The Normal Approximation Breaks Down on Small Intervals

The normal approximation to the binomial distribution tends to perform poorly when estimat- ing the probability of a small range of counts, even when the conditions are met.

Suppose we wanted to compute the probability of observing 49, 50, or 51 smokers in 400 when p = 0.15. With such a large sample, we might be tempted to apply the normal approximation and use the range 49 to 51. However, we would find that the binomial solution and the normal approximation notably differ:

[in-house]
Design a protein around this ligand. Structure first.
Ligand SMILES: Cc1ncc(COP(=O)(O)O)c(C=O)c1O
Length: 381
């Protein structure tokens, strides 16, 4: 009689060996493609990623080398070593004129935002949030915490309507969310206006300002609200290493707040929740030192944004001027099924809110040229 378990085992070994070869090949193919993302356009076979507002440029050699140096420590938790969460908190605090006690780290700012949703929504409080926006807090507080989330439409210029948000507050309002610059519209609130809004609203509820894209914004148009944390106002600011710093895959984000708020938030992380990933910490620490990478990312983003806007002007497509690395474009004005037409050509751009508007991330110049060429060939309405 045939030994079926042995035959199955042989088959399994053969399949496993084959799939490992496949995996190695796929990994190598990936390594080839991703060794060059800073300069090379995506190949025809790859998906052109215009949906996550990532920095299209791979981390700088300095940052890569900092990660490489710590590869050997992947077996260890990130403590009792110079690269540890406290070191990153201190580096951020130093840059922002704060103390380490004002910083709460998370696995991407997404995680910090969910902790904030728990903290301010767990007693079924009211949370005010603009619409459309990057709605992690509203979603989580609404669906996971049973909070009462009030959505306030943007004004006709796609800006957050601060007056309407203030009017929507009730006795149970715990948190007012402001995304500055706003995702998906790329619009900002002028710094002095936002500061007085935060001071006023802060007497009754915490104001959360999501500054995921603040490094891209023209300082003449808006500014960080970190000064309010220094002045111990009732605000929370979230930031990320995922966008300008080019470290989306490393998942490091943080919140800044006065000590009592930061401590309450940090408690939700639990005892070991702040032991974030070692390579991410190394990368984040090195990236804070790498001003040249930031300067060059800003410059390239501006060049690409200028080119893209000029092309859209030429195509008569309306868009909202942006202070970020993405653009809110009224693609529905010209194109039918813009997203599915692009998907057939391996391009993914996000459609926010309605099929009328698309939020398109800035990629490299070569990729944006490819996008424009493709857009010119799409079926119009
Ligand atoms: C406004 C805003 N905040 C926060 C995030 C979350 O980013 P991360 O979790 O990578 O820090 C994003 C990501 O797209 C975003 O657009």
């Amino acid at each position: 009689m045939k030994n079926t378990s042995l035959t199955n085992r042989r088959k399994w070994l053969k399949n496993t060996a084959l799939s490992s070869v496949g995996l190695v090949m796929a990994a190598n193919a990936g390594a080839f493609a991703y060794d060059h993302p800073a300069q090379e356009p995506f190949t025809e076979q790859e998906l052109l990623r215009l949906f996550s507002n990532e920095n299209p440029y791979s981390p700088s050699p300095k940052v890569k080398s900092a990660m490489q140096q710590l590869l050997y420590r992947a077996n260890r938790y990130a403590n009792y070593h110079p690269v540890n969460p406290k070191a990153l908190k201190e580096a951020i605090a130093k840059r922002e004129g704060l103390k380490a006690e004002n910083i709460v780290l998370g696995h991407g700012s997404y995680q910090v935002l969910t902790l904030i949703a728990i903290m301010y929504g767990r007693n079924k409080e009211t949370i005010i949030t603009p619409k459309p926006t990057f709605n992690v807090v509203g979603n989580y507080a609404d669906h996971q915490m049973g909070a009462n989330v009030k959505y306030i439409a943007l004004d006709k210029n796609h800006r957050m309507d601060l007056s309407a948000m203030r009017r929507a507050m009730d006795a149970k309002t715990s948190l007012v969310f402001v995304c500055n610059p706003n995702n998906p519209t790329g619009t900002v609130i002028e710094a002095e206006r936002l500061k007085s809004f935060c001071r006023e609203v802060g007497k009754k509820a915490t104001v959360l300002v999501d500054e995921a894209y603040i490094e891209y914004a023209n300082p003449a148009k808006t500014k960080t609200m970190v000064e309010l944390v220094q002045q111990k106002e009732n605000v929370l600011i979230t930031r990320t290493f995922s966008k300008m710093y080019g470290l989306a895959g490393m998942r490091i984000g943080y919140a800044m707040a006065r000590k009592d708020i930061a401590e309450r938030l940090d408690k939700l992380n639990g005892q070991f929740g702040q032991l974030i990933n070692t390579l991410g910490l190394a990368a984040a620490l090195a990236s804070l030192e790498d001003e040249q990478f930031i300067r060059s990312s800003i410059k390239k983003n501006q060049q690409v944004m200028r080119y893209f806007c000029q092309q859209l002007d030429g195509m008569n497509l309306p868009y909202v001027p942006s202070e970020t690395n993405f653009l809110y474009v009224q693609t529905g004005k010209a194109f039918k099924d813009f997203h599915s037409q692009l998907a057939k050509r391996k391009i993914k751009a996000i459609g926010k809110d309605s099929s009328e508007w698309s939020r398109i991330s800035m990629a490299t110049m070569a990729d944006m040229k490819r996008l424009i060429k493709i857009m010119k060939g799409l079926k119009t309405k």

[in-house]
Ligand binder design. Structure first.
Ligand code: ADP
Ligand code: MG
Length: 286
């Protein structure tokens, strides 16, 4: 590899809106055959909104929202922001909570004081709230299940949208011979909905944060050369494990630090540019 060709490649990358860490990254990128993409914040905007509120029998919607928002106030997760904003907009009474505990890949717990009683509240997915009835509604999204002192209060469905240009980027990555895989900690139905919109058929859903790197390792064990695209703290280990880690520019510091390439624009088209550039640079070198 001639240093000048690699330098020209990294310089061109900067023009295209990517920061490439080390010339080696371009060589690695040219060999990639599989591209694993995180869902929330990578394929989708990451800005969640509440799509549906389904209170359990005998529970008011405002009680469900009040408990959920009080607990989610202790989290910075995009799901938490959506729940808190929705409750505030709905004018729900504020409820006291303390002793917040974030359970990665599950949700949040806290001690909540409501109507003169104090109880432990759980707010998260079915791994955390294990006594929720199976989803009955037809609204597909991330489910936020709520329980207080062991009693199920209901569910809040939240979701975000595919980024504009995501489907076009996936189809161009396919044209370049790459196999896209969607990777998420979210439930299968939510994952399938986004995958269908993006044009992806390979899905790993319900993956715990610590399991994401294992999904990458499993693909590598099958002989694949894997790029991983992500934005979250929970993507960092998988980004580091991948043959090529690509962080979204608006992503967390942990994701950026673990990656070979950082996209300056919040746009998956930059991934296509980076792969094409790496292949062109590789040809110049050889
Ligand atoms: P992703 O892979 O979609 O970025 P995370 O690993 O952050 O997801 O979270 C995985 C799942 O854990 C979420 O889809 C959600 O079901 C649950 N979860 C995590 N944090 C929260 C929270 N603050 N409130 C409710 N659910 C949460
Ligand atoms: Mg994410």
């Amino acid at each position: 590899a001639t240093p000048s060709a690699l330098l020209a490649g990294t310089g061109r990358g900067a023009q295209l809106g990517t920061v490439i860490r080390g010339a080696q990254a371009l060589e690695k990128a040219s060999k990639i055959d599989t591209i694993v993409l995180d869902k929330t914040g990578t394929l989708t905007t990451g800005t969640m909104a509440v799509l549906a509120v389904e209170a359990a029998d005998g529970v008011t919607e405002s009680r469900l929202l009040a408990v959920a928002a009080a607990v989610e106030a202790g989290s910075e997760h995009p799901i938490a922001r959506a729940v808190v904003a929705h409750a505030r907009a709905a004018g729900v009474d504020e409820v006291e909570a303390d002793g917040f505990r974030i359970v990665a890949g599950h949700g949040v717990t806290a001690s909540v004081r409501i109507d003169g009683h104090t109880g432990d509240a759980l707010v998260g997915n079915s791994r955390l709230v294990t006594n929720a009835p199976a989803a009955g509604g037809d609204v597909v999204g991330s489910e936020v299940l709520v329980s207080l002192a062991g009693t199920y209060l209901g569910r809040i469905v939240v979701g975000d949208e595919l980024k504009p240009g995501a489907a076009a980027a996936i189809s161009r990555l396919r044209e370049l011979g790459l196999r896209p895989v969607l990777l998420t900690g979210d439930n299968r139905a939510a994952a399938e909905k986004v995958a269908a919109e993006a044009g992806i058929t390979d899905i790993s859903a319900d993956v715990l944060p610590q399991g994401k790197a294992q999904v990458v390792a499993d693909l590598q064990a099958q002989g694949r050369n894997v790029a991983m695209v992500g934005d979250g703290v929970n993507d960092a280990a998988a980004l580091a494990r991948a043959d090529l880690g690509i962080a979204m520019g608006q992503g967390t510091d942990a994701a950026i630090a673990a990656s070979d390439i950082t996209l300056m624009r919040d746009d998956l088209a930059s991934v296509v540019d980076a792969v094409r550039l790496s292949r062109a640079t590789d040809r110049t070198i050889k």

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Binomial: 0.0649 Normal: 0.0421

We can identify the cause of this discrepancy using Figure 4.10, which shows the areas representing the binomial probability (outlined) and normal approximation (shaded). Notice that the width of the area under the normal distribution is 0.5 units too slim on both sides of the interval.

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